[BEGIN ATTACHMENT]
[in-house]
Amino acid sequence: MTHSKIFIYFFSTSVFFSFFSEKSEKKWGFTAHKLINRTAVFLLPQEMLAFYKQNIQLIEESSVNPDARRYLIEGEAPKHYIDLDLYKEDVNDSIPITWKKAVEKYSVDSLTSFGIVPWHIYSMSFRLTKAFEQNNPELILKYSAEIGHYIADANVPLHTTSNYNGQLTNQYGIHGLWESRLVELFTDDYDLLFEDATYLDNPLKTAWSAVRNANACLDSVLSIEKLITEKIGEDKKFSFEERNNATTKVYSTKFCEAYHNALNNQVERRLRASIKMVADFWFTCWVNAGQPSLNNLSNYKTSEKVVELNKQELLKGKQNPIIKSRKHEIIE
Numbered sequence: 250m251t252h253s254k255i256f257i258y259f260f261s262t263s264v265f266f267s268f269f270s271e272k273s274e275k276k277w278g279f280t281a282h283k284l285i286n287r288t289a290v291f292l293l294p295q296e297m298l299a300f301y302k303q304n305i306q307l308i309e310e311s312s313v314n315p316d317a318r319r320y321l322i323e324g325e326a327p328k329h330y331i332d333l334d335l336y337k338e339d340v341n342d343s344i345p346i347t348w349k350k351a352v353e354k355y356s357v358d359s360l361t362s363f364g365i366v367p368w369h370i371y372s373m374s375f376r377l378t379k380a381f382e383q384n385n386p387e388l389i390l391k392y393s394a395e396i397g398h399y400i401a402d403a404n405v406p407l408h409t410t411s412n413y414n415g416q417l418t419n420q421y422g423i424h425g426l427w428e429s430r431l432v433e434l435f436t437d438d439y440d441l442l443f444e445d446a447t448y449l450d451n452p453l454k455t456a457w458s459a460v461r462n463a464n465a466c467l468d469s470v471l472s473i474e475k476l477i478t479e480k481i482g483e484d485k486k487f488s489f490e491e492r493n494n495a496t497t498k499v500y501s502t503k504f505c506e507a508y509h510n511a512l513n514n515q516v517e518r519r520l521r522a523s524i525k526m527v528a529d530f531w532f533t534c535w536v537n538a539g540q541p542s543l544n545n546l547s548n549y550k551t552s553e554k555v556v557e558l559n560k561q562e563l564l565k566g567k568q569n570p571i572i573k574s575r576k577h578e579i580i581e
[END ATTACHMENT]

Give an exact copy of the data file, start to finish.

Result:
[in-house]
Amino acid sequence: MTHSKIFIYFFSTSVFFSFFSEKSEKKWGFTAHKLINRTAVFLLPQEMLAFYKQNIQLIEESSVNPDARRYLIEGEAPKHYIDLDLYKEDVNDSIPITWKKAVEKYSVDSLTSFGIVPWHIYSMSFRLTKAFEQNNPELILKYSAEIGHYIADANVPLHTTSNYNGQLTNQYGIHGLWESRLVELFTDDYDLLFEDATYLDNPLKTAWSAVRNANACLDSVLSIEKLITEKIGEDKKFSFEERNNATTKVYSTKFCEAYHNALNNQVERRLRASIKMVADFWFTCWVNAGQPSLNNLSNYKTSEKVVELNKQELLKGKQNPIIKSRKHEIIE
Numbered sequence: 250m251t252h253s254k255i256f257i258y259f260f261s262t263s264v265f266f267s268f269f270s271e272k273s274e275k276k277w278g279f280t281a282h283k284l285i286n287r288t289a290v291f292l293l294p295q296e297m298l299a300f301y302k303q304n305i306q307l308i309e310e311s312s313v314n315p316d317a318r319r320y321l322i323e324g325e326a327p328k329h330y331i332d333l334d335l336y337k338e339d340v341n342d343s344i345p346i347t348w349k350k351a352v353e354k355y356s357v358d359s360l361t362s363f364g365i366v367p368w369h370i371y372s373m374s375f376r377l378t379k380a381f382e383q384n385n386p387e388l389i390l391k392y393s394a395e396i397g398h399y400i401a402d403a404n405v406p407l408h409t410t411s412n413y414n415g416q417l418t419n420q421y422g423i424h425g426l427w428e429s430r431l432v433e434l435f436t437d438d439y440d441l442l443f444e445d446a447t448y449l450d451n452p453l454k455t456a457w458s459a460v461r462n463a464n465a466c467l468d469s470v471l472s473i474e475k476l477i478t479e480k481i482g483e484d485k486k487f488s489f490e491e492r493n494n495a496t497t498k499v500y501s502t503k504f505c506e507a508y509h510n511a512l513n514n515q516v517e518r519r520l521r522a523s524i525k526m527v528a529d530f531w532f533t534c535w536v537n538a539g540q541p542s543l544n545n546l547s548n549y550k551t552s553e554k555v556v557e558l559n560k561q562e563l564l565k566g567k568q569n570p571i572i573k574s575r576k577h578e579i580i581e